Elevation 7,694 m
Prominence 2,788 m
|Location Tibet, China|
First ascent May 1985
Mountain range Nalakankar Himal
|Easiest route West flank: snow/ice climb|
First ascenders Y. Suita, K. Matsubayashi, T. Wada, Song Zhiyu, Jiabu, K. Suita, Jin Junxi, Cirenuoji
Parent ranges Nalakankar Himal, Himalayas
Similar Mount Kailash, Shishapangma, Namcha Barwa, Kamet, Kula Kangri
11 gurla mandhata
Gurla Mandhata, or Naimona'nyi or Memo Nani(Chinese: 納木那尼峰) is the highest peak of the Nalakankar Himal, a small subrange of the Himalaya. It lies in Burang County of the Ngari Prefecture in the Tibet Autonomous Region of China, near the northwest corner of Nepal. It is the 34th highest peak in the world (using a 500-metre prominence cutoff). It is also notable for being well within the Tibetan Plateau (most peaks of similar height - except notably Shishapangma, the world's 14th highest peak - lie nearer to or outside the edge of the Plateau) and relatively far away from other peaks of height greater than 7500 metres. It sits roughly across Lake Manasarowar from the sacred peak of Mount Kailash. The Tibetan name, Naimona'nyi, is said to come from naimo = "herbal medicine", na = "black", nyi = "heaped-up slabs", giving "the mountain of heaped-up slabs of black herbal medicine."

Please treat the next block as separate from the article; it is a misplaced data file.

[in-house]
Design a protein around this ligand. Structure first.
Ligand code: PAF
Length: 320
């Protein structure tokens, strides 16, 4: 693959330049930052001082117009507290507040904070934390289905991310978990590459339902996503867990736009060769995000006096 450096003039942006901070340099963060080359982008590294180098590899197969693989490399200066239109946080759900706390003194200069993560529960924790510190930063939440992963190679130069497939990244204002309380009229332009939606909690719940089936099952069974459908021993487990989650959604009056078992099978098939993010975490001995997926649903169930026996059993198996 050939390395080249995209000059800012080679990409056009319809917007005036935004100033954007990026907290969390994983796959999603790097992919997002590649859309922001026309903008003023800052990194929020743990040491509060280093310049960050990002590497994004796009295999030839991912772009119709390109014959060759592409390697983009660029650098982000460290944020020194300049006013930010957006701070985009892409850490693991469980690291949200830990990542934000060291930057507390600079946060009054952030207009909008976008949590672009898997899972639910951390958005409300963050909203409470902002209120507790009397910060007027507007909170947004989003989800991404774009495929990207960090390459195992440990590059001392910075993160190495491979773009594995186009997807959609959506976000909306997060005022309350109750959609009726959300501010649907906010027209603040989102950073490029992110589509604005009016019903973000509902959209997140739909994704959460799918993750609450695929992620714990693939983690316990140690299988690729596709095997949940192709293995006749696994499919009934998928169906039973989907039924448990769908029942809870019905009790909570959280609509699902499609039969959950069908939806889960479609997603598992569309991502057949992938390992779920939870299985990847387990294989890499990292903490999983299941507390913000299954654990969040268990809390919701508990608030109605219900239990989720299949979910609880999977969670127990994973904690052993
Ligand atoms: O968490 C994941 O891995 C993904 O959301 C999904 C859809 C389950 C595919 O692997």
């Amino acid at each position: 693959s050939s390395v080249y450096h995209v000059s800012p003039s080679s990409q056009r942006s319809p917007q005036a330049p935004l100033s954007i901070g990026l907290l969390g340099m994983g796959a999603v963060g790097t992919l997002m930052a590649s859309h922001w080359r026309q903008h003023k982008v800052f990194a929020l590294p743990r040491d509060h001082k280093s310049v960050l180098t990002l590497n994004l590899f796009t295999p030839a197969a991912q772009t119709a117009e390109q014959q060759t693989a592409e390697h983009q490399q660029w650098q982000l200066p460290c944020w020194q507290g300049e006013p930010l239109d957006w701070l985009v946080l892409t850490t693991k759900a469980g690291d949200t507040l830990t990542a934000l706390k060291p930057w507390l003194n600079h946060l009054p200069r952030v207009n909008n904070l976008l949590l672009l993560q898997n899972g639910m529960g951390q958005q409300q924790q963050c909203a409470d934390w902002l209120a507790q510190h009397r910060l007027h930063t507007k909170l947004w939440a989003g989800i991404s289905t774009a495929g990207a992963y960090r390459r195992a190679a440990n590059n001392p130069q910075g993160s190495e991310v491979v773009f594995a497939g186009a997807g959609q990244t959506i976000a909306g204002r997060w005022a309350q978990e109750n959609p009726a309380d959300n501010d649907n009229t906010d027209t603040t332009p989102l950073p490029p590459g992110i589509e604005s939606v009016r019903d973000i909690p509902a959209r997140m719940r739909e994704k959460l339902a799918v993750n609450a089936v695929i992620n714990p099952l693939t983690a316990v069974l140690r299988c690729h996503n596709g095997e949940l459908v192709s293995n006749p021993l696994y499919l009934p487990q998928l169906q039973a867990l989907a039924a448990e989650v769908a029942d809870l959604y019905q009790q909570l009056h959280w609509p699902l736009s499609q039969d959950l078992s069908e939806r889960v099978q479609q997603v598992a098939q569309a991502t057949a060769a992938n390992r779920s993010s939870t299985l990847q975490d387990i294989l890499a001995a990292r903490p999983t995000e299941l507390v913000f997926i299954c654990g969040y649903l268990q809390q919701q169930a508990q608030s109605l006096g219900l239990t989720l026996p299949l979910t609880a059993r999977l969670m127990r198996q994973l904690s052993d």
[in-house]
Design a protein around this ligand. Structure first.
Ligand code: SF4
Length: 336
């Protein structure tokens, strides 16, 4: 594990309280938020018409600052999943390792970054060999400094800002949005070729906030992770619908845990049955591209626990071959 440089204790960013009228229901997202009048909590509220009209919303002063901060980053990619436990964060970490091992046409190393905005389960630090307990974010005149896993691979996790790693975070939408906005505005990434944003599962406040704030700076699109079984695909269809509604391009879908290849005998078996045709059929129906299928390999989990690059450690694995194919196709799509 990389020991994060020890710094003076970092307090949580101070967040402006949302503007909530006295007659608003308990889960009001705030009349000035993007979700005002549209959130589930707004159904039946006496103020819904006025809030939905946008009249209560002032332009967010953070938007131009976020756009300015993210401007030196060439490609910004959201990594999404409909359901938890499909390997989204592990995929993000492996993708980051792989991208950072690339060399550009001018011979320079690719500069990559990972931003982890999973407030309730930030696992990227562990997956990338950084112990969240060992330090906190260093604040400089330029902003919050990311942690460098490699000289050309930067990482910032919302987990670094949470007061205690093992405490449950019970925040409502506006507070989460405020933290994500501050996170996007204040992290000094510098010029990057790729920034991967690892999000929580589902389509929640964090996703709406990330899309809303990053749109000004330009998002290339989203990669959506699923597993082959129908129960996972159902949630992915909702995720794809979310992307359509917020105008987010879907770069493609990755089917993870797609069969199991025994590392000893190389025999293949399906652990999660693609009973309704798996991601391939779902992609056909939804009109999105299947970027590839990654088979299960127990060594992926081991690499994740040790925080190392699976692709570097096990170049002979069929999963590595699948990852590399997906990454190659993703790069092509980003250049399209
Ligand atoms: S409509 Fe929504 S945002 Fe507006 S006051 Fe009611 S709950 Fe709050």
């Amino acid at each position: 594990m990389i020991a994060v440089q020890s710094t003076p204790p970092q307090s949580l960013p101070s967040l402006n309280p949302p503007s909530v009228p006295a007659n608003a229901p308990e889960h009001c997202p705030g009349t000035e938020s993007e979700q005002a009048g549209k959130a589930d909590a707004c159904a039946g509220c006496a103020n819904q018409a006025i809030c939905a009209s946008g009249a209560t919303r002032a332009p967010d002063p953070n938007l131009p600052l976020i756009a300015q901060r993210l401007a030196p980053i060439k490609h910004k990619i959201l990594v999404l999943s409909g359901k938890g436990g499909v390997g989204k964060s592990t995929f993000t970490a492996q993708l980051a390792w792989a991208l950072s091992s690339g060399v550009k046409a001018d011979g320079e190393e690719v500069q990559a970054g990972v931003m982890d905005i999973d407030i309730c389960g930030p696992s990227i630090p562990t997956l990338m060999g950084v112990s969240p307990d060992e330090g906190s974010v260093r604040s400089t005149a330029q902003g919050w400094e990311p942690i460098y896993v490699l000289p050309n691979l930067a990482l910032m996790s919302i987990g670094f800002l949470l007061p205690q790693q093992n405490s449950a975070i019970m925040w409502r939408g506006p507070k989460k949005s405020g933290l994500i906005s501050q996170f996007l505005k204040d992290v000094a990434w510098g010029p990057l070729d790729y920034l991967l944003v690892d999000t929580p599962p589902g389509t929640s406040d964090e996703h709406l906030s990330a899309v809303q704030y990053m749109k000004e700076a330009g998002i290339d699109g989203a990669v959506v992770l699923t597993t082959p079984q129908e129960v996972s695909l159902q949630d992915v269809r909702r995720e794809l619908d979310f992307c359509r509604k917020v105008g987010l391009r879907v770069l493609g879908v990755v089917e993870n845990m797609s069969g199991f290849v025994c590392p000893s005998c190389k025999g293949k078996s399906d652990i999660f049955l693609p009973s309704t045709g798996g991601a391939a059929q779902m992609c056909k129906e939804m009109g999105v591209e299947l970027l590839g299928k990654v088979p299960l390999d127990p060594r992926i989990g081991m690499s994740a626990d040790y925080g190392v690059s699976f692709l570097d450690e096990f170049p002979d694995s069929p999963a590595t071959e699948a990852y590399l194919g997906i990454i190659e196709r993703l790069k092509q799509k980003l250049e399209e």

In 1905 T. G. Longstaff, accompanied by two alpine guides and six porters, made an attempt on Gurla Mandhata. They turned back at around 7,000 m (23,000 ft) after being caught in an avalanche and encountering other difficulties. This was a strong achievement for the time, especially for such a small group; at that time no summit of over 7,000 m had yet been climbed and Longstaff's height represented a world altitude record.
The first ascent of the peak was by a joint Japanese/Chinese team led by Katsutoshi Hirabayashi, via the north side of the peak, in May 1985. Since that time, there have been six additional successful ascents and two failed attempts on the peak.
In 1997, an attempt was made to ascend the peak via the then-unclimbed North Face route by Quinn Simons, Soren Peters, and their guide, Charlie Fowler. The team made a valiant effort, climbing high on the mountain, but after severe storms and other difficulties had to retreat. Their descent ended in a fall of some 450 m (1,500 ft) down the North Face of the peak. Fowler was slightly injured, while Simons and Peters both suffered extreme frostbite on their extremities.
The standard ascent route climbs the western flanks of the mountain ascending the Chaglung'mlungha Glacier to the summit plateau. Most teams choose to approach the mountain over land by jeep from either Lhasa, Tibet, or Kathmandu, Nepal. However, an alternate approach begins in the mountain hamlet of Simikot, Nepal, in the remote Humla district of west Nepal and follows the Karnali River northward, crossing into Tibet (China) in the village of Sher. Jeeps then take climbers north through Taklakot (Burang) to basecamp on the mountain.